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Malaria is a mosquito-borne disease caused by a parasite called Plasmodium - when infected mosquitoes bite the human body, the parasites multiply in the liver, and then infect red blood cells. Even though this potentially fatal disease can be prevented and cured, each year 350-500 million cases of malaria still occur worldwide, and over one million people die, most of them young children in Africa south of the Sahara, where one in every five (20%) childhood deaths is due to the effects of the disease.

Malaria is so common in Africa because a lack of resources and political instability have prevented the building of solid malaria control programs. Experts say an African child has on average between 1.6 and 5.4 episodes of malaria fever each year and according to the World Health Organization (WHO) as many as half of the world's population are at risk of malaria mainly in the world's poorest and most vulnerable countries and every 30 seconds a child dies from malaria.
Cloud Pharmaceuticals awarded Phase I grant from NSF SBIR program

Cloud Pharmaceuticals awarded Phase I grant from NSF SBIR program

Cloud Pharmaceuticals, Inc., a therapeutics company focused on cloud-based drug design and development, announced today that it has been awarded a Phase I grant from the National Science Foundation Small Business Innovation Research program. [More]
Researchers uncover how malaria parasite becomes resistant to fosmidomycin drug

Researchers uncover how malaria parasite becomes resistant to fosmidomycin drug

Researchers have uncovered a way the malaria parasite becomes resistant to an investigational drug. The discovery, at Washington University School of Medicine in St. Louis, also is relevant for other infectious diseases including bacterial infections and tuberculosis. [More]
New momentum: WHO welcomes progress in tackling viral hepatitis

New momentum: WHO welcomes progress in tackling viral hepatitis

On World Hepatitis Day, 28 July, WHO welcomes new progress in tackling one of the world's most serious diseases. Viral hepatitis - a group of infectious diseases known as hepatitis A, B, C, D, and E - affects millions of people worldwide, causing acute and chronic liver disease and killing close to 1.4 million people every year. [More]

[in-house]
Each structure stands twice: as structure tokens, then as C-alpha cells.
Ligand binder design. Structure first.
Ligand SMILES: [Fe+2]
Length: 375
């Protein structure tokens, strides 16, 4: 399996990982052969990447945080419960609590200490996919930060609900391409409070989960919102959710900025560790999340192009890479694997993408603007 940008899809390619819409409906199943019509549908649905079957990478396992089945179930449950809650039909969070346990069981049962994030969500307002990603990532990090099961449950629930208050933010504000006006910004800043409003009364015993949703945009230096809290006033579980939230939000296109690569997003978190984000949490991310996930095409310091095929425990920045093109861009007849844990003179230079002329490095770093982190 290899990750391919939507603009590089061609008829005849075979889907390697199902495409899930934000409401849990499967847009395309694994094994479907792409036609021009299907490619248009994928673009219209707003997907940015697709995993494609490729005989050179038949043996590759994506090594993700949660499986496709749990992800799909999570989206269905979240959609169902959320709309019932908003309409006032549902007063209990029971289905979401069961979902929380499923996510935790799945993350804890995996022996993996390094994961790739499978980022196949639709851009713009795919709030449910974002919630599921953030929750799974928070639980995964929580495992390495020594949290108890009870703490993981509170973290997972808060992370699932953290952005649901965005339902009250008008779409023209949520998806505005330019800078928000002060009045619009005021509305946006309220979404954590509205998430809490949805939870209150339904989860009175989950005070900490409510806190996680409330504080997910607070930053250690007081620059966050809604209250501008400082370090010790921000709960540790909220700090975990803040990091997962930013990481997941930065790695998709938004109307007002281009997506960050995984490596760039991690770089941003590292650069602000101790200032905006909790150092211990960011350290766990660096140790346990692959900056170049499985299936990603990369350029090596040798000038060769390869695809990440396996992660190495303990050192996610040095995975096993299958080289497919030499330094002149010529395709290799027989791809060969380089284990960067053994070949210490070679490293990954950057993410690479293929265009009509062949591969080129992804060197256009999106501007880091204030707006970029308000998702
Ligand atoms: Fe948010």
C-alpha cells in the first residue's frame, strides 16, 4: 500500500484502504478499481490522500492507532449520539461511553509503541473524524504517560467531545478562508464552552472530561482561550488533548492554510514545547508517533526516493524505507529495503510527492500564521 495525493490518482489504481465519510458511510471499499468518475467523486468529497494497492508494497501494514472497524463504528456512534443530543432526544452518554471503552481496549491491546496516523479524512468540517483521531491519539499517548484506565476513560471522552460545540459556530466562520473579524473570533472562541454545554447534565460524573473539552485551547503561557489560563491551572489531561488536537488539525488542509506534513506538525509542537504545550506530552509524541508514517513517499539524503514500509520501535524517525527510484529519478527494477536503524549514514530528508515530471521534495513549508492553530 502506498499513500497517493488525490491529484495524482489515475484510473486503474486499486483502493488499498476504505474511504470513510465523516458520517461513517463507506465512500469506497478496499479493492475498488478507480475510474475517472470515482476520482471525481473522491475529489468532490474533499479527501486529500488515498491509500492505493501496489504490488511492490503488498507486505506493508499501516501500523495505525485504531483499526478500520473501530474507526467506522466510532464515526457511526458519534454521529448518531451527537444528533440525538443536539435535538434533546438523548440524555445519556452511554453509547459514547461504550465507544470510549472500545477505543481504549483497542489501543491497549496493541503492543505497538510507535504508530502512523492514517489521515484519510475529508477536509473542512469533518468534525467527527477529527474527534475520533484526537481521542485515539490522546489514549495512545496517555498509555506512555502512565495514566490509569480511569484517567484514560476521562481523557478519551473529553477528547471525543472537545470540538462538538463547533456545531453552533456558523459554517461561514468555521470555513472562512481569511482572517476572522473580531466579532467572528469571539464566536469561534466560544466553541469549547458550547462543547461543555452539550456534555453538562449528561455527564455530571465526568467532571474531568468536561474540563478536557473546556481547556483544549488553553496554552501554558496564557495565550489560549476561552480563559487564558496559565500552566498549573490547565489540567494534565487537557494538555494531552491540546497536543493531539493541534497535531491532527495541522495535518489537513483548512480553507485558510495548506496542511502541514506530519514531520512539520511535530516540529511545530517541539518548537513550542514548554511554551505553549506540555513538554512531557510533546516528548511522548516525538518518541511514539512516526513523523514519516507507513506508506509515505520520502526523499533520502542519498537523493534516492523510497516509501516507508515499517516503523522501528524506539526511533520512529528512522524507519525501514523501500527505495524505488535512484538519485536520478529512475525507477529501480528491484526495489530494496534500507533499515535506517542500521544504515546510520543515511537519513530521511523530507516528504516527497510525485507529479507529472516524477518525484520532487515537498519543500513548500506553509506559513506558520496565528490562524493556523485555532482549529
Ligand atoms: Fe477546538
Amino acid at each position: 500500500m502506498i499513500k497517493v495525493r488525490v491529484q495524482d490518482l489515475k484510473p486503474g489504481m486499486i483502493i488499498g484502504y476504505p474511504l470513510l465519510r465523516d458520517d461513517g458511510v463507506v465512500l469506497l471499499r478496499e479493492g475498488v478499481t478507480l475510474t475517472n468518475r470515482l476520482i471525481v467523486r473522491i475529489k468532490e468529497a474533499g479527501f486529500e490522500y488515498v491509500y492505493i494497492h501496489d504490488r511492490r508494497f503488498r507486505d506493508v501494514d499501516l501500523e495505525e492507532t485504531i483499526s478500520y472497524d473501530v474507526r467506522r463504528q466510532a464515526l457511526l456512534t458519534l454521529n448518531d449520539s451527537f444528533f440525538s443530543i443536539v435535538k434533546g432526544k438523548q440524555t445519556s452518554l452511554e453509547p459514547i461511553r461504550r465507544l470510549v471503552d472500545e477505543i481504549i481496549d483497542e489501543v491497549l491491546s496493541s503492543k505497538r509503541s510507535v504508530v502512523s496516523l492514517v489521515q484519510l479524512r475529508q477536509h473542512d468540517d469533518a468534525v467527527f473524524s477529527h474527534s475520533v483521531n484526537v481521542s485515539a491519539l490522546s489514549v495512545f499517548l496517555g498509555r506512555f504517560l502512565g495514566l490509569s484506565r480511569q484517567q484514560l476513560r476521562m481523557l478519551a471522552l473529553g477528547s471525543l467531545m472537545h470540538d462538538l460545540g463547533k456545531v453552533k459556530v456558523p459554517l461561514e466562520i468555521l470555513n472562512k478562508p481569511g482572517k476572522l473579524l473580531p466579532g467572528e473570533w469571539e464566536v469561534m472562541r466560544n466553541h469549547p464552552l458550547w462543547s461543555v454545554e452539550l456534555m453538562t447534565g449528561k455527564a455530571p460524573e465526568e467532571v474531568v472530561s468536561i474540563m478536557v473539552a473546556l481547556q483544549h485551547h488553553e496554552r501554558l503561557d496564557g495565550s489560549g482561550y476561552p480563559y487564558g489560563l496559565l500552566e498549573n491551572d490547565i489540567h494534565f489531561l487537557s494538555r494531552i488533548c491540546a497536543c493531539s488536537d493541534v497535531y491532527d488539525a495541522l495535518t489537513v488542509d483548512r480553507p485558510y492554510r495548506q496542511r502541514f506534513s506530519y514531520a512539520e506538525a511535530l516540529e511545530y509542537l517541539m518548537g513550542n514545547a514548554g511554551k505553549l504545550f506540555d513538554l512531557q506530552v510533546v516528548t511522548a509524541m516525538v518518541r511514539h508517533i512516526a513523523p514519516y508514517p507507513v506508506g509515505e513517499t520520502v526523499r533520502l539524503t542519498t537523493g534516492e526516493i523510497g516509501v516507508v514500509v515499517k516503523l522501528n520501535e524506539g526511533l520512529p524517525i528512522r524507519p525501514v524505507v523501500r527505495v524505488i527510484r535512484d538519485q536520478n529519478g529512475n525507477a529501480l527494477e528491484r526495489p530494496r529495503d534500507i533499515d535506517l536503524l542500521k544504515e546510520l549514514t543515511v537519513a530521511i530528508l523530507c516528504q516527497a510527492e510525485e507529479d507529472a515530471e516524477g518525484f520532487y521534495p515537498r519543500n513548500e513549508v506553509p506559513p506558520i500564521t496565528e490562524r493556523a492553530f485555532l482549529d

Researchers prove that CD27 drug is true alternative against malaria

Researchers prove that CD27 drug is true alternative against malaria

Researchers from the Universitat Politècnica de Catalunya · BarcelonaTech (UPC), the Instituto de Química Mèdica (IQM-CSIC) and the University of Glasgow have proved that the CD27 drug is a true alternative against malaria. [More]
Researchers propose ‘microbiome cloud model’ to understand variation in individual's microbiome composition

Researchers propose ‘microbiome cloud model’ to understand variation in individual's microbiome composition

The Human Microbiome Project (HMP) is a global initiative to identify and characterize the microorganisms present at multiple sites in the human body. [More]
Researchers use anti-tank Javelin missile detector to identify malaria parasites in blood

Researchers use anti-tank Javelin missile detector to identify malaria parasites in blood

State-of-the-art military hardware could soon fight malaria, one of the most deadly diseases on the planet. Researchers at Monash University and the University of Melbourne have used an anti-tank Javelin missile detector, more commonly used in warfare to detect the enemy, in a new test to rapidly identify malaria parasites in blood. [More]
Scientists may be able to entomb malaria parasite in prison

Scientists may be able to entomb malaria parasite in prison

Scientists may be able to entomb the malaria parasite in a prison of its own making, researchers at Washington University School of Medicine in St. Louis report July 16 in Nature. [More]

OSU creates new assay to test authenticity of primary drugs used to treat malaria

Chemists and students in science and engineering at Oregon State University have created a new type of chemical test, or assay, that's inexpensive, simple, and can tell whether or not one of the primary drugs being used to treat malaria is genuine - an enormous and deadly problem in the developing world. [More]
B vitamins do not prevent Alzheimer's disease

B vitamins do not prevent Alzheimer's disease